Estate Planning: The FAQs

Estate planning is confusing enough for the average person. But as real estate investors, we have a host of unique concerns on top of the Average Joe/Jane. It’s true that estate planning may be stressful for anyone, but understanding estate planning for REIs is too important to ignore. Luckily, this article’s a stress-free way to learn about the topic.

Death sucks, but let’s just accept it and take a few minutes to get hip to the basics. We’ve even got an educational piece to help you out: “Estate Planning: The How the Why and The Basics” handy for you. Check it out if you feel lost at any point here. We’ll wait for you to re-join us.

Back or already familiar? Great. Let’s dive into our most common estate planning FAQs.

1. Don’t I Have to Be Really Rich to Need an Estate Plan? 

Definitely not. Everyone should create an estate plan for one simple reason. Dying without an estate plan is always more expensive (financially and emotionally) than creating a suitable, appropriate one.. 

Dying alone is expensive. Funerals are costly, any unpaid debts have to be handled, and of course, there’s your grieving family. They’re paying emotionally, spiritually, and with their time. If their time and money matters to you, creating an estate plan will at least give them a roadmap and fewer responsibilities. 

Estate planning is more humane on families and loved ones, as they’re typically the ones having to round up your credit cards, make sure bank accounts get closed, worry about life insurance and the hundreds of other details that accompany death. When you really think about all of these costs together, the amount of money spent on estate planning begins to look like nothing. 

2. Everyone Needs an Estate Plan, So Why Do Investors Have to Do Anything Different?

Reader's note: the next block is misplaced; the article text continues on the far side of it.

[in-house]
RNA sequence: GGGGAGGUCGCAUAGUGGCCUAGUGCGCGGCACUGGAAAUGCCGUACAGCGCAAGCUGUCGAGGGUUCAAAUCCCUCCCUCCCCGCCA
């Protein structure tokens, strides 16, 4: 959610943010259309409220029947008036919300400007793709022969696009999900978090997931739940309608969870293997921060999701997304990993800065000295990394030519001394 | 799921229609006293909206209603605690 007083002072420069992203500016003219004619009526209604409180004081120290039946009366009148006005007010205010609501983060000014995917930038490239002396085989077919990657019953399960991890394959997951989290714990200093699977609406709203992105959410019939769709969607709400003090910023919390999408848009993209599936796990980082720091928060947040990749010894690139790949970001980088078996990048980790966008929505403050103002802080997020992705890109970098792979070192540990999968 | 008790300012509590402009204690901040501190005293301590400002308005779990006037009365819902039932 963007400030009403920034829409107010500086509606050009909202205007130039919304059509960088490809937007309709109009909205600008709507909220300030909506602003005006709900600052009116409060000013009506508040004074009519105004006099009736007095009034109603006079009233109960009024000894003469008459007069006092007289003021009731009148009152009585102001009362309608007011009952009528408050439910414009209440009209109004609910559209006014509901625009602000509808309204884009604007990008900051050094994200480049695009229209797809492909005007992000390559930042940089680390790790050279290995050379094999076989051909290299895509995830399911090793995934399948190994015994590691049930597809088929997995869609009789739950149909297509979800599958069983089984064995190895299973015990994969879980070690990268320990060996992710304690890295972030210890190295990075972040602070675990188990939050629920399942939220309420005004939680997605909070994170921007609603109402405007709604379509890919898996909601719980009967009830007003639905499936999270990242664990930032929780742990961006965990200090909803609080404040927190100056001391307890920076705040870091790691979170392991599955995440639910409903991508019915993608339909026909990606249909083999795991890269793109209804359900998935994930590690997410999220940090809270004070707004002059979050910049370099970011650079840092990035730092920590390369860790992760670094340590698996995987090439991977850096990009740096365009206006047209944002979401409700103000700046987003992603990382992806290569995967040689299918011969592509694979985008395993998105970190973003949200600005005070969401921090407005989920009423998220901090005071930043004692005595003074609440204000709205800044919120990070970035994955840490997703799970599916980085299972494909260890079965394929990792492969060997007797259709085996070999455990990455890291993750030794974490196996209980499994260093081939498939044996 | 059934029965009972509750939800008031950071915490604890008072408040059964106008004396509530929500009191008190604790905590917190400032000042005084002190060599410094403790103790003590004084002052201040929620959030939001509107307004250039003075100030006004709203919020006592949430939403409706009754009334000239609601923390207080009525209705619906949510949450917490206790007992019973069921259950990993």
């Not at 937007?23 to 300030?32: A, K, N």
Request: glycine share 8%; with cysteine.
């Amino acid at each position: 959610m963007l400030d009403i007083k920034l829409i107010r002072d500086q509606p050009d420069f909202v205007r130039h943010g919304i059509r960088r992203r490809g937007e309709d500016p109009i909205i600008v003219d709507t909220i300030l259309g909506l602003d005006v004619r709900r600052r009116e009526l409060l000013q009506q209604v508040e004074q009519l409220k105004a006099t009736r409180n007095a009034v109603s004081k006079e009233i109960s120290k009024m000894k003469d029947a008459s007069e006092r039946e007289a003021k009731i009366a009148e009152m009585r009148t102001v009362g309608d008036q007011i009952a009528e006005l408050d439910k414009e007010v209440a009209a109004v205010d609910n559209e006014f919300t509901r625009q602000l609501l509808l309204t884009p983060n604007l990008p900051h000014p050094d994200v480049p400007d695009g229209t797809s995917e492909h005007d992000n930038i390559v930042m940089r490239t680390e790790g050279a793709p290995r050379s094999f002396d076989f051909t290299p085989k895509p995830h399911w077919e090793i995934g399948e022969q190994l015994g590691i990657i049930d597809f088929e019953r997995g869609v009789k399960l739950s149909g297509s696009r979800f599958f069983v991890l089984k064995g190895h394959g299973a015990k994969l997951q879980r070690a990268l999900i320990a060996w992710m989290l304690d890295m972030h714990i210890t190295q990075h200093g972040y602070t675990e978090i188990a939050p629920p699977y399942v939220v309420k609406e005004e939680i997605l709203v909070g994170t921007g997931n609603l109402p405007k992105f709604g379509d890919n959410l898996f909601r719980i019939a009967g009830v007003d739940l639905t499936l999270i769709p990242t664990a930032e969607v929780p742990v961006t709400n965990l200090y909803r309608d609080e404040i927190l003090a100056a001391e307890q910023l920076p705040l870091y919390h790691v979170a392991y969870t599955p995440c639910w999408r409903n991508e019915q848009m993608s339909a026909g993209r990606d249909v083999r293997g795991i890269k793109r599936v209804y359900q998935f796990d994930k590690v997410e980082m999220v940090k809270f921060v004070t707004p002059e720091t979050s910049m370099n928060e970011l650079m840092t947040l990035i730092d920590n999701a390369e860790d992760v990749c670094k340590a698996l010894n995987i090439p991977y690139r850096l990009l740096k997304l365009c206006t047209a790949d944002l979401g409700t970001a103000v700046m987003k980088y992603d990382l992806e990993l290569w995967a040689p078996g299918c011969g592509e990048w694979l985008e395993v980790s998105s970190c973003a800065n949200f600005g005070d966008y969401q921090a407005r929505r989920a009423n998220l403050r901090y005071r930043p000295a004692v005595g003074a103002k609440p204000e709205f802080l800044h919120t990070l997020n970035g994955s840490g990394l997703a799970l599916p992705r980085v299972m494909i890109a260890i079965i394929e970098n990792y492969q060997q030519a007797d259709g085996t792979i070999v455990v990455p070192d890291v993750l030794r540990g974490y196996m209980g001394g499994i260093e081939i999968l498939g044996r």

Don’t forget that your business is an asset with the ability to literally outlive you, possibly indefinitely depending on its structure. But the reality is simple. Estate planning is how we can direct where anything that matters to us goes when we pass. If you have properties and asset protection structures like liability-limiting entities (LLCs, Series LLCs, Delaware Statutory Trusts, etc.), estate planning just becomes more important.

3. Isn’t a Last Will and Testament Good Enough for Estate Planning?

Again, not at all.  A full estate plan is not the same as a simple “Last Will and Testament.” Lord knows enough misinformation persists in popular culture about these documents. Those cinematic scenes we’ve all scene of some character hand-writing a last will, often upon deathbed or battlefield for dramatic flair are hilariously wrong. First of all, DIY estate planning is a bad idea. Tempting as it is to point out the many problems with these scenes, the most misleading aspect is that it glamorizes the will and makes people think that’s all there is to it.

Here’s the real deal: a will can be part of your estate plan. But you can’t rely on it alone. If you do, you’re likely to have to pass through this unfortunate soul-sucking spot called probate court.